These days, most of the hardware components in smartphones evolve at a breakneck pace. Batteries gain capacity while decreasing in size, displays continue to get sharper as graphics rendering steadily improves, and processors clock higher speeds at every generation.
Google's Chromecast streaming device is a marvel of functionality and form. Even with powerful features such as screen mirroring and collaborative party playlists, it's the device's idle screen that first catches the eyes of most folks.
The Galaxy S5 comes with an awesome feature for those times when you're running low on battery life with no charger in sight. Ultra Power-Saving Mode allows you to cut back on non-vital services and convert your phone's display into a juice-saving grayscale mode to greatly extend that last bit of charge.
Because of Android's massive array of supported smartphones that carry vastly different display sizes and resolutions, the operating system uses a value known as DPI to determine the size of icons and visual assets that will best suit a given screen.
Certain files contain sensitive data that you don't want being shared with just anybody. Even still, it would be nice to be able to send such a file to a certain confidante without fear of it falling into the wrong hands.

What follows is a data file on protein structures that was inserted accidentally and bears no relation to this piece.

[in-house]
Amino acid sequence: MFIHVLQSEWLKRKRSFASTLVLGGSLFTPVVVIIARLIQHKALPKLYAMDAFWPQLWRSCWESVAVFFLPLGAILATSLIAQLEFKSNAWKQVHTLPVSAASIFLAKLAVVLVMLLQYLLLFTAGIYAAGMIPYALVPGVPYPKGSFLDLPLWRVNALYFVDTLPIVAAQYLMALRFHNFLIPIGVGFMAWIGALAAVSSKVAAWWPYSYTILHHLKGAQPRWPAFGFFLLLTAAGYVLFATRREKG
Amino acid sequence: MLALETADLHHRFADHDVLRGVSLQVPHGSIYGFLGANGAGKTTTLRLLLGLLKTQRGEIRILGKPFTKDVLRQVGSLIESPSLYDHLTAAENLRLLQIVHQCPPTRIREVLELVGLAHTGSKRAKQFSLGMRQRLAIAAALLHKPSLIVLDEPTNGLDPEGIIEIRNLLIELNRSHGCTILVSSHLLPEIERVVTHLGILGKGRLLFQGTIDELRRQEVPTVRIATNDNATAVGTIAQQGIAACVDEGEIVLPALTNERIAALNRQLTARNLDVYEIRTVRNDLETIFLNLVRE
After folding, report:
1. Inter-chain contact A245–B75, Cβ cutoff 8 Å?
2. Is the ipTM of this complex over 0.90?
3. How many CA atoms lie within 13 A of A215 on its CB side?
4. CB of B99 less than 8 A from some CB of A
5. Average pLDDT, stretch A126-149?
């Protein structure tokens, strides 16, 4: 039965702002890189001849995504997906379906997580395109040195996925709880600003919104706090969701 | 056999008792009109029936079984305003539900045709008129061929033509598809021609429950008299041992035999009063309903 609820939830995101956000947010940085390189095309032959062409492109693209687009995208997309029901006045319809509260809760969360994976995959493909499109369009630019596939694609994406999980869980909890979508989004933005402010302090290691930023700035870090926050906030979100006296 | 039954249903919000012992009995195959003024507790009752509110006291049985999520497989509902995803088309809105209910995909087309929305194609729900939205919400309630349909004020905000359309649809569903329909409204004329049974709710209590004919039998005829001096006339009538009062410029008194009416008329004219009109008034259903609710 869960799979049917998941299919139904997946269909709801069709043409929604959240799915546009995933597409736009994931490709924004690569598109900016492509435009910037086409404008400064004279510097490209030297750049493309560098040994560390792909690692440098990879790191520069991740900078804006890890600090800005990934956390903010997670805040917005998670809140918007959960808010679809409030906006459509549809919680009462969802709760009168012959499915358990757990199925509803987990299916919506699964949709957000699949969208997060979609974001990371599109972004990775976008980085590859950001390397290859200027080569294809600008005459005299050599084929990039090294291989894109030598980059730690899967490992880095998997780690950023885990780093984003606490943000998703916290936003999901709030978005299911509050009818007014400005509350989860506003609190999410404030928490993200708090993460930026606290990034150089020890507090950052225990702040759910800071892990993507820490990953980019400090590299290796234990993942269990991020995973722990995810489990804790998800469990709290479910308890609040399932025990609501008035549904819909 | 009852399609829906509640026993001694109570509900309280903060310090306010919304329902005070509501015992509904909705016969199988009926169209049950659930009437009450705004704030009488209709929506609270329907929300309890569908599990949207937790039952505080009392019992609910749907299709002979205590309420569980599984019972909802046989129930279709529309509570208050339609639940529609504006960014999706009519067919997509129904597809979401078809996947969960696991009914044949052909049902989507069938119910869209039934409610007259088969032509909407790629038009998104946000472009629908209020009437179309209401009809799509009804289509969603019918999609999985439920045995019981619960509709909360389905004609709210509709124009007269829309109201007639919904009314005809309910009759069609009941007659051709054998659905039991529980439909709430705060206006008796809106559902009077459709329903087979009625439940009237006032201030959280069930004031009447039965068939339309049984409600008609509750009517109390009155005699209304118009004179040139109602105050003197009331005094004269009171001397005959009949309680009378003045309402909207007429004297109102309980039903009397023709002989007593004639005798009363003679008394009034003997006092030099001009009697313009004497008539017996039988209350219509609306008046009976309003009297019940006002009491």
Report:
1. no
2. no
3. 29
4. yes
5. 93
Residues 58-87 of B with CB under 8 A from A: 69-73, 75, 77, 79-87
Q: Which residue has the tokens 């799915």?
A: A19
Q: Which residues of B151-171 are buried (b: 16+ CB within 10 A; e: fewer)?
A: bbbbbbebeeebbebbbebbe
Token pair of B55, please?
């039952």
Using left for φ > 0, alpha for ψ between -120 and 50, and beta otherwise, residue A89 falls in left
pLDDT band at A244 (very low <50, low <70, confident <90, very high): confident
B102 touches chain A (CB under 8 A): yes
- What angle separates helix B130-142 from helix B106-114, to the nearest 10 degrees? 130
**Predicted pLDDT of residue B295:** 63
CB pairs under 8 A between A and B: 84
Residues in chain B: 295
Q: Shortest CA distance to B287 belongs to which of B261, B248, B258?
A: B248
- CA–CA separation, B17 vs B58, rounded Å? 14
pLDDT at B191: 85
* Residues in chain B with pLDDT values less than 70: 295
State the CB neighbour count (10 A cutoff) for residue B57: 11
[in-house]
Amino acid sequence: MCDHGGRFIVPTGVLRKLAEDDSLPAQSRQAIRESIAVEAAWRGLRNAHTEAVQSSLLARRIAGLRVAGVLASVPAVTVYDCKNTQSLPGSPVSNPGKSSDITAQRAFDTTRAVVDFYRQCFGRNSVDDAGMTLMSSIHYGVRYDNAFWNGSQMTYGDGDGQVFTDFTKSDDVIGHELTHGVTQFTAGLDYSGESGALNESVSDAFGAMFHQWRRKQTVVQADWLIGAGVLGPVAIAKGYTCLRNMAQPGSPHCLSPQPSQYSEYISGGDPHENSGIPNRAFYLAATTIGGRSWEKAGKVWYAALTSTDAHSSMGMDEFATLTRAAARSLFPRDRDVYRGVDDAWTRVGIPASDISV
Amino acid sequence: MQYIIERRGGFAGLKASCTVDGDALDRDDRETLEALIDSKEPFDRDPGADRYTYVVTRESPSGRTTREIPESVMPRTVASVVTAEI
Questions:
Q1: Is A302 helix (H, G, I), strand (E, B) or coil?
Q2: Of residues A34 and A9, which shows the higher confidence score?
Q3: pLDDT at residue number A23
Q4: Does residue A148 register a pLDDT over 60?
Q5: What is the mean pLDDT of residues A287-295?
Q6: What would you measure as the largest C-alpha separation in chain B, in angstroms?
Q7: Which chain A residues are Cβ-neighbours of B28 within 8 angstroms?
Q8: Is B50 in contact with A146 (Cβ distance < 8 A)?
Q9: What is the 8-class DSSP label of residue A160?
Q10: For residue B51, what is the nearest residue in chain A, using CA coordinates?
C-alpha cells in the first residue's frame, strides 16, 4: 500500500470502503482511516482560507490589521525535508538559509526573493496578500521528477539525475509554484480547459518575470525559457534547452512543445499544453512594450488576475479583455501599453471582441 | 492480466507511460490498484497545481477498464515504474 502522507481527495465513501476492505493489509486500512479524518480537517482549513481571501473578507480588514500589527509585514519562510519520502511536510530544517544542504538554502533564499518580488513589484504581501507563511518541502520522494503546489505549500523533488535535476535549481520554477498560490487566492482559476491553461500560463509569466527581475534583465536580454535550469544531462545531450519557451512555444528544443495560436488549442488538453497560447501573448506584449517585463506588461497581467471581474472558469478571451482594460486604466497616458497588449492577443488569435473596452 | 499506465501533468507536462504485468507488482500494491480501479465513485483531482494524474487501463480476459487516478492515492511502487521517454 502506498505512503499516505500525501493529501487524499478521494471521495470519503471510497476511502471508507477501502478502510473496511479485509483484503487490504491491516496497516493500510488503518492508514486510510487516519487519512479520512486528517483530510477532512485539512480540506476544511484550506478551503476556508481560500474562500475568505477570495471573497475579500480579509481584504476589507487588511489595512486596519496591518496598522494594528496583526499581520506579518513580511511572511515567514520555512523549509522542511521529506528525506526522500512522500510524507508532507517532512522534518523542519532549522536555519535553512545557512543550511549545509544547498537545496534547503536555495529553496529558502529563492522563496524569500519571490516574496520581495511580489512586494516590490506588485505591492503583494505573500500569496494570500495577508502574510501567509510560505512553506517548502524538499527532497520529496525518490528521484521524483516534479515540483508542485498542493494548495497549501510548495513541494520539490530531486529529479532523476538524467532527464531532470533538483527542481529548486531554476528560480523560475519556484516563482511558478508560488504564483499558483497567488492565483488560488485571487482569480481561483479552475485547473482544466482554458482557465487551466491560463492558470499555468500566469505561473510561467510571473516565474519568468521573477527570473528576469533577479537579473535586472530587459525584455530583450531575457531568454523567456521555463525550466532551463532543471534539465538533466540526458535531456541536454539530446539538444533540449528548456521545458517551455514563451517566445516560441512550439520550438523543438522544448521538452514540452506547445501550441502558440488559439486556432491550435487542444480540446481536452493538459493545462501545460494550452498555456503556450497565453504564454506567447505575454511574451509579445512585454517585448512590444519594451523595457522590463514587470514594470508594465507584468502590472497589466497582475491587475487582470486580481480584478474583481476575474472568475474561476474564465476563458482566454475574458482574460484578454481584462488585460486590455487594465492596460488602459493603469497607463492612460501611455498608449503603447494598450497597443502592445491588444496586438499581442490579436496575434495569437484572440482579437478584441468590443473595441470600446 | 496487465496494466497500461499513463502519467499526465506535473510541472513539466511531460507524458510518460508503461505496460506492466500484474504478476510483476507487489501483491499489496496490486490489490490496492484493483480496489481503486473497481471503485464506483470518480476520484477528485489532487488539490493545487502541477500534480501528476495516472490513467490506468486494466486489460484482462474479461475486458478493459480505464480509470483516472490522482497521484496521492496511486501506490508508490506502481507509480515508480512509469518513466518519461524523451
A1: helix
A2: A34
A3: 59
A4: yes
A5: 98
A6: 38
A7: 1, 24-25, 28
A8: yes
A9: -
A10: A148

There's no such thing as a perfect Android keyboard. Some, like Swype, have gesture typing down to a science, but lack in predictive technology. SwiftKey, on the other hand, boasts awesome next-word prediction, but less than stellar gesture typing. Many others are optimized for multiple languages, space saving, or emojis, but none are without their flaws.
There's a common bug that affects many Samsung Galaxy S5 users, myself included. The software that drives the fingerprint sensor can randomly fail to load, leaving you without one of the most unique features of your beloved smartphone.
With AirPlay for iOS, Chromecast Screen Mirroring, and even third-party PC-pairing apps to play around with, getting your devices to interconnect could not be any easier than it is today.
Samsung makes some wonderful phones, but one thing I've noticed is that battery life can start to degrade over time, causing the phone to die a lot faster than it used to. If you've been experiencing this issue, and have asked yourself, "Why does my Galaxy S5 die so fast?" there are a few likely causes—and we've got you covered with troubleshooting tips and simple fixes below.
Depending on who you ask, internet connectivity should be a basic human right. With Google recently embarking on a project to provide internet capabilities to remote corners of the world using balloons and satellites while Facebook attempts to do the same with unmanned drones, the concept of free web access is steadily gaining steam.